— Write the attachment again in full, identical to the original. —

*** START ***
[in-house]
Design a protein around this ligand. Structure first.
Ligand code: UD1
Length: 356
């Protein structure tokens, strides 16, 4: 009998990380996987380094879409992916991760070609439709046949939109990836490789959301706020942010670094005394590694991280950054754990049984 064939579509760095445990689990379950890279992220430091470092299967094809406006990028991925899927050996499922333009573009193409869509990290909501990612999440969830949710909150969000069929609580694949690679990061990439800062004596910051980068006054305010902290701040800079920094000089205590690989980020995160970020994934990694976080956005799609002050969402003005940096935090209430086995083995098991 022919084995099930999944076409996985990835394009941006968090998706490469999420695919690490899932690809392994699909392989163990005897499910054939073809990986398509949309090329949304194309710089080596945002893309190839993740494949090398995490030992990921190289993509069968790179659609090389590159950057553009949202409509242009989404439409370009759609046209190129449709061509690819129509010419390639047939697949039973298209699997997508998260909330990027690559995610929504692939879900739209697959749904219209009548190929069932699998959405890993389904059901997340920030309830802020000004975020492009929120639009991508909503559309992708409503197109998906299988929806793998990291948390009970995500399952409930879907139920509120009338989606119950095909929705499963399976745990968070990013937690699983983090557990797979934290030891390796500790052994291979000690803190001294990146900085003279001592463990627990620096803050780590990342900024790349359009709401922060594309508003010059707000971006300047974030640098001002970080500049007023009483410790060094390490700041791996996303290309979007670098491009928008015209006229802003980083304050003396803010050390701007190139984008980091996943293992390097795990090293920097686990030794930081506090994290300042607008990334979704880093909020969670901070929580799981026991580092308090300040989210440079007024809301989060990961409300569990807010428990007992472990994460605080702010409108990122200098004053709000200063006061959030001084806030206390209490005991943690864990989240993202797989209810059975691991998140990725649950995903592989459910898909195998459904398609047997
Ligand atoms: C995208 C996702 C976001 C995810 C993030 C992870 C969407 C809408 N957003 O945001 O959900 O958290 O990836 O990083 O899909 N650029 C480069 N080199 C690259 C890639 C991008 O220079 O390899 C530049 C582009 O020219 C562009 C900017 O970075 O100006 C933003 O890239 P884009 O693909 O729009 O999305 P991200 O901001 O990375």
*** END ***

[in-house]
Design a protein around this ligand. Structure first.
Ligand code: UD1
Length: 356
């Protein structure tokens, strides 16, 4: 009998990380996987380094879409992916991760070609439709046949939109990836490789959301706020942010670094005394590694991280950054754990049984 064939579509760095445990689990379950890279992220430091470092299967094809406006990028991925899927050996499922333009573009193409869509990290909501990612999440969830949710909150969000069929609580694949690679990061990439800062004596910051980068006054305010902290701040800079920094000089205590690989980020995160970020994934990694976080956005799609002050969402003005940096935090209430086995083995098991 022919084995099930999944076409996985990835394009941006968090998706490469999420695919690490899932690809392994699909392989163990005897499910054939073809990986398509949309090329949304194309710089080596945002893309190839993740494949090398995490030992990921190289993509069968790179659609090389590159950057553009949202409509242009989404439409370009759609046209190129449709061509690819129509010419390639047939697949039973298209699997997508998260909330990027690559995610929504692939879900739209697959749904219209009548190929069932699998959405890993389904059901997340920030309830802020000004975020492009929120639009991508909503559309992708409503197109998906299988929806793998990291948390009970995500399952409930879907139920509120009338989606119950095909929705499963399976745990968070990013937690699983983090557990797979934290030891390796500790052994291979000690803190001294990146900085003279001592463990627990620096803050780590990342900024790349359009709401922060594309508003010059707000971006300047974030640098001002970080500049007023009483410790060094390490700041791996996303290309979007670098491009928008015209006229802003980083304050003396803010050390701007190139984008980091996943293992390097795990090293920097686990030794930081506090994290300042607008990334979704880093909020969670901070929580799981026991580092308090300040989210440079007024809301989060990961409300569990807010428990007992472990994460605080702010409108990122200098004053709000200063006061959030001084806030206390209490005991943690864990989240993202797989209810059975691991998140990725649950995903592989459910898909195998459904398609047997
Ligand atoms: C995208 C996702 C976001 C995810 C993030 C992870 C969407 C809408 N957003 O945001 O959900 O958290 O990836 O990083 O899909 N650029 C480069 N080199 C690259 C890639 C991008 O220079 O390899 C530049 C582009 O020219 C562009 C900017 O970075 O100006 C933003 O890239 P884009 O693909 O729009 O999305 P991200 O901001 O990375």